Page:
Integrating homeopathy and other complementary approaches improves cancer patients' care
A recent service evaluation study published in the Nursing Times shows that incorporating homeopathy and other forms of complementary care into the care of patients with cancer significantly improves outcomes and the quality of care: The authors conclude: Based on the current data, we propose that complementary therapy interventions make a significant positive difference, regardless of gender, age or patient/carer status. Further studies should be conducted by researchers independent of complementary therapy professions.
A full version of the article is available here: effects-of-complementary-therapies-in-cancer-care_161013.pdf
17 September 2013
Portuguese Government Shows Belgian Government The Error of Its Reactionary Way
On the 2 September 2013 the Health Minister of the Portuguese Government, Paulo Macedo, introduced the enacting legislation that lays down the future legal framework for the regulation of the practice homeopathy and 6 other CAM disciplines in Portugal. Lei 71/2013 is the product of a long process extending over a number of years and clearly sets out the requirements in terms of education and regulation for practitioners of CAM disciplines who do not have a conventional medical training but who wish to practise their discipline competently and responsibly.
The law establishes a framework that will facilitate the regulated growth of 7 new healthcare professions that will make a valuable contribution to the future healthcare of Portugal's people. Given the current crisis in healthcare precipitated by the failure of whole categories of medicines such as antibiotics, hospital systems under severe strain and the growing burden of chronic disease in an aging population, these new professions will have an increasingly relevant role to play in helping maintain health and treating ill-health effectively in the future.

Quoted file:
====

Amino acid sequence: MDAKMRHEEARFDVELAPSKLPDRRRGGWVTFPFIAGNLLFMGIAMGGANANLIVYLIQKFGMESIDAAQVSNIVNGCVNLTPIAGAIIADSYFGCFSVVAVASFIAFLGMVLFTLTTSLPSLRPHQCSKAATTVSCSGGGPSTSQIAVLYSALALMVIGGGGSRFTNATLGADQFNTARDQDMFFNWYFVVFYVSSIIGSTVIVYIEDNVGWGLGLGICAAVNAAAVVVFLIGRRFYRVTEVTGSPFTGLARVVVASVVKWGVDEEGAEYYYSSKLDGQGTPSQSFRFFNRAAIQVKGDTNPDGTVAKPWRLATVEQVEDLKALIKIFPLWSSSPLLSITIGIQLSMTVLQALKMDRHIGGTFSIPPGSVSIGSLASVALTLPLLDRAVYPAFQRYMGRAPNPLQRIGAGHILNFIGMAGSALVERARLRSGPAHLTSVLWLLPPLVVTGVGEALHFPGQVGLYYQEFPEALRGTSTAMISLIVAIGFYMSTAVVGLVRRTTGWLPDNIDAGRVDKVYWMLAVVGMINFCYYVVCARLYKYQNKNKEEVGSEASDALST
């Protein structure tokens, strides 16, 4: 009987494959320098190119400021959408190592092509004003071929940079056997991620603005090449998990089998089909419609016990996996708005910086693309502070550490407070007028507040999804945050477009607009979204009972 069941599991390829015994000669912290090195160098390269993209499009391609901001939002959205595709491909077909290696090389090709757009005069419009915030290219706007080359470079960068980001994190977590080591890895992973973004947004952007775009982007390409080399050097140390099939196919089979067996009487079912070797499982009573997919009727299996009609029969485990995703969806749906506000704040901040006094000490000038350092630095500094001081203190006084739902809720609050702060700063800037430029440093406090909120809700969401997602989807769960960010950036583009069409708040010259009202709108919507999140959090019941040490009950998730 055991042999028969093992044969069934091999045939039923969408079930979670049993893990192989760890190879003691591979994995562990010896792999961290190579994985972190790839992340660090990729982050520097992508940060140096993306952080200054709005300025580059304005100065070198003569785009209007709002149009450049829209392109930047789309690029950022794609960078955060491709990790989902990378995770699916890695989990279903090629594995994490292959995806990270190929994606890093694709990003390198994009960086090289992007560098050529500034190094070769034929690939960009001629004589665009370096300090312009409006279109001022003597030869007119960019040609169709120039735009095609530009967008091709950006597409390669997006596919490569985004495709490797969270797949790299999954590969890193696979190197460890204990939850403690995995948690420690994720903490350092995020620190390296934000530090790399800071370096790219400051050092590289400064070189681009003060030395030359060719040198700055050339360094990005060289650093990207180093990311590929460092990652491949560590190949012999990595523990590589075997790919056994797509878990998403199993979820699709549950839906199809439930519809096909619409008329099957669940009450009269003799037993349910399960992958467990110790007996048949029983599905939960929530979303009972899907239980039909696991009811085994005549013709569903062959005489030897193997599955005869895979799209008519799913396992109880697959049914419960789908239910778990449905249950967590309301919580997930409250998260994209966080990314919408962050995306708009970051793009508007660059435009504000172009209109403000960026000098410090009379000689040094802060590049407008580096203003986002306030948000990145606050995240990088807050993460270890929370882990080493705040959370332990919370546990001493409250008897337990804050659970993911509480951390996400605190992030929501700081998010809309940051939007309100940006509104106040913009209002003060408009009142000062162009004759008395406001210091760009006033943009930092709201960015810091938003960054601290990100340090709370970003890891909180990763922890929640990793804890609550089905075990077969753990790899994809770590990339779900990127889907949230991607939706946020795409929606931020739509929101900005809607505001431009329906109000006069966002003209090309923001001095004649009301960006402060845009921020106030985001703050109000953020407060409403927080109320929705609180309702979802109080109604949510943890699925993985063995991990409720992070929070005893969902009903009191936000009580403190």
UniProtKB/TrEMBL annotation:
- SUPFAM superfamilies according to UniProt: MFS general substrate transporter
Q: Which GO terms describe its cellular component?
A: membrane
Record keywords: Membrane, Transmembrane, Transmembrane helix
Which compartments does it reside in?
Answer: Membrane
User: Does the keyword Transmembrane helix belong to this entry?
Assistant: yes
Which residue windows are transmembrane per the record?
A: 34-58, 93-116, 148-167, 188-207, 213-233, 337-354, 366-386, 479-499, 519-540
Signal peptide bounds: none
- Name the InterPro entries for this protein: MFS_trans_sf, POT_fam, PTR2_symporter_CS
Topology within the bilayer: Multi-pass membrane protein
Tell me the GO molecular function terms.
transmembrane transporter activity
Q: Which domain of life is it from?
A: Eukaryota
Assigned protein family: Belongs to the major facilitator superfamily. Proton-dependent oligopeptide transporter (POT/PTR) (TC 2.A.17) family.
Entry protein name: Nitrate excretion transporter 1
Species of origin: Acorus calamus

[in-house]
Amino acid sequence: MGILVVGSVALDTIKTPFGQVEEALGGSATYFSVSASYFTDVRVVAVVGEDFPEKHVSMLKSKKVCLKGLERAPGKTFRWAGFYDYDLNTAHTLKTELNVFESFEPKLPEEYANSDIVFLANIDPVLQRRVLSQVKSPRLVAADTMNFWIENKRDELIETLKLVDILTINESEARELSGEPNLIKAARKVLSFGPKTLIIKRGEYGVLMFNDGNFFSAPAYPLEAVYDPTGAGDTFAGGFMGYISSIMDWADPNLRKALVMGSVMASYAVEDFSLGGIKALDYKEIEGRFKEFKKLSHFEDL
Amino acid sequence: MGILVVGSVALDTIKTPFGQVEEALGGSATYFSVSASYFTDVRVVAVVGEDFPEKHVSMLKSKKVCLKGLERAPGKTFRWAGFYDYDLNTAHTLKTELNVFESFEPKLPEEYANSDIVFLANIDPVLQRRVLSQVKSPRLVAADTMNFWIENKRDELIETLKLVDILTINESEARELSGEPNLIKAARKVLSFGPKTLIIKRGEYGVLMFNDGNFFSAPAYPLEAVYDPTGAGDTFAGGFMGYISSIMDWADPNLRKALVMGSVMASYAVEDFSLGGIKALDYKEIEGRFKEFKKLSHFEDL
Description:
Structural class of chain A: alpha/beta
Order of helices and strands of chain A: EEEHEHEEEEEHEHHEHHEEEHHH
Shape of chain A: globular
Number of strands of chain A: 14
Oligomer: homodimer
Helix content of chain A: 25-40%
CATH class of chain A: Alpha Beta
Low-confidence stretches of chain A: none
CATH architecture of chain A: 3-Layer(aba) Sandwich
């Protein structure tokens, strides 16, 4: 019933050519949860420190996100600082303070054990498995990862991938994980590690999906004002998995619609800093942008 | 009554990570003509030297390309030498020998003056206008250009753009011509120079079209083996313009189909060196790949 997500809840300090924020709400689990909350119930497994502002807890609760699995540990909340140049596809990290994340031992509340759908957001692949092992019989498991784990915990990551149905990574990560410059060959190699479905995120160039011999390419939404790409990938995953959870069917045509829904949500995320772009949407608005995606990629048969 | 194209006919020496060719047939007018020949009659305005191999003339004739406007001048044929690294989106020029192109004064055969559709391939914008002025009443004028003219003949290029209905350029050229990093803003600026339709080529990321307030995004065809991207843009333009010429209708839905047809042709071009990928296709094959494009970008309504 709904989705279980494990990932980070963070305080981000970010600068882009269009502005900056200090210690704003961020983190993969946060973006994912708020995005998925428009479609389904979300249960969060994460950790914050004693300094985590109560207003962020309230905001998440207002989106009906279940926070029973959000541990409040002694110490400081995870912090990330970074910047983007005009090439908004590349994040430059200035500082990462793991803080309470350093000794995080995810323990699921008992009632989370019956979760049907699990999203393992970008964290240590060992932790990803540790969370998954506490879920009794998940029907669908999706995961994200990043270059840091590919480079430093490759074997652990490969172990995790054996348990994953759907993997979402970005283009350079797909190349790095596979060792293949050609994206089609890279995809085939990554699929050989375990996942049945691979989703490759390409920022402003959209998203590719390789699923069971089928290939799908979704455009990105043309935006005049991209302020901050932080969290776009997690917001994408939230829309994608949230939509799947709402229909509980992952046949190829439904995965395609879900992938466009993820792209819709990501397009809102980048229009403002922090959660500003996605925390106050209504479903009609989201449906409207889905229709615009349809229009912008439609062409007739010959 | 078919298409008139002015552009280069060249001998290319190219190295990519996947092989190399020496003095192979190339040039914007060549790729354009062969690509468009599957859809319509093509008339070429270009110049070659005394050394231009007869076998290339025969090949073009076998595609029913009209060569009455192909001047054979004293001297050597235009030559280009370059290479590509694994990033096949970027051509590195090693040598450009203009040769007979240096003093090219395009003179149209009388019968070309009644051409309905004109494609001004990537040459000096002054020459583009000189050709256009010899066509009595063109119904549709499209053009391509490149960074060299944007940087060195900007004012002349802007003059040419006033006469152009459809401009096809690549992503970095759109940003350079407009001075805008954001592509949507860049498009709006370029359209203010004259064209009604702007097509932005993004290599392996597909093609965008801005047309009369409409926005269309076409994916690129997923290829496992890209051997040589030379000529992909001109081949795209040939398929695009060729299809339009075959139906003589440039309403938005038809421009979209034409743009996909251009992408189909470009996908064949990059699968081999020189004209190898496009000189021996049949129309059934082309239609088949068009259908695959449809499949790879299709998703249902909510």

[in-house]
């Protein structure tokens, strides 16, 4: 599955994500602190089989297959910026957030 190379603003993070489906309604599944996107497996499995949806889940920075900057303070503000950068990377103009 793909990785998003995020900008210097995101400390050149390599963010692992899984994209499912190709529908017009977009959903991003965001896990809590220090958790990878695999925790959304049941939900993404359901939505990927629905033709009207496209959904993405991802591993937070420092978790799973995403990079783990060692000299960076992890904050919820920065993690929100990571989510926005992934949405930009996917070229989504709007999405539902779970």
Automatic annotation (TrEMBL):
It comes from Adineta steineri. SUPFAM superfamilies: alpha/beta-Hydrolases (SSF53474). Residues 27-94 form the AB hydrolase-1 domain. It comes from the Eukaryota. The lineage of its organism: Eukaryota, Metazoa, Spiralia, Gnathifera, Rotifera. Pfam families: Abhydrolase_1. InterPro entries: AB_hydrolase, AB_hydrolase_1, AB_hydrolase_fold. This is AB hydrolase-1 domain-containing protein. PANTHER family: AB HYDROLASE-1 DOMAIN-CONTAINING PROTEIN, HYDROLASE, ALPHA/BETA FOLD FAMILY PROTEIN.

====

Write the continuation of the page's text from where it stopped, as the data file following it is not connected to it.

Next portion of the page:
The new Portuguese law stands in direct contrast to the way the Belgian Minister of Public Health, Ms Laurette Onkelinx has acted in this regulatory arena. In 1999 a perfectly good law, known as the Collas Law, was introduced onto the Belgian statute books aimed at establishing the regulation of homeopathy and three other disciplines by practitioners in a very similar way to that now achieved by the Portuguese Government. Unfortunately, after a long period in limbo, the law has latterly been through a highly questionable consultation process that has resulted in a perversion the original intention of the law.
After much lobbying by the Belgian homeopathic doctors the Collas law now defines homeopathy as a 'medical act' and restricts its practice to doctors, dentists and midwives. As a result homeopaths who currently practise in Belgium will now have to stop practising and non-one else can train in the future to be a homeopath in Belgium. Clearly, while Portugal promotes the future healthcare of its people, Belgium simply protects a small minority of doctors' interests. lei_n._71-2013_tnc.pdf
NB The wording of the new Portuguese law begins at the bottom right of the first page. An approximate English translation is available here: port - eng law.pdf
30 June 2013
Complementary and Alternative Medicine – an emerging
resource for EU healthcare systems?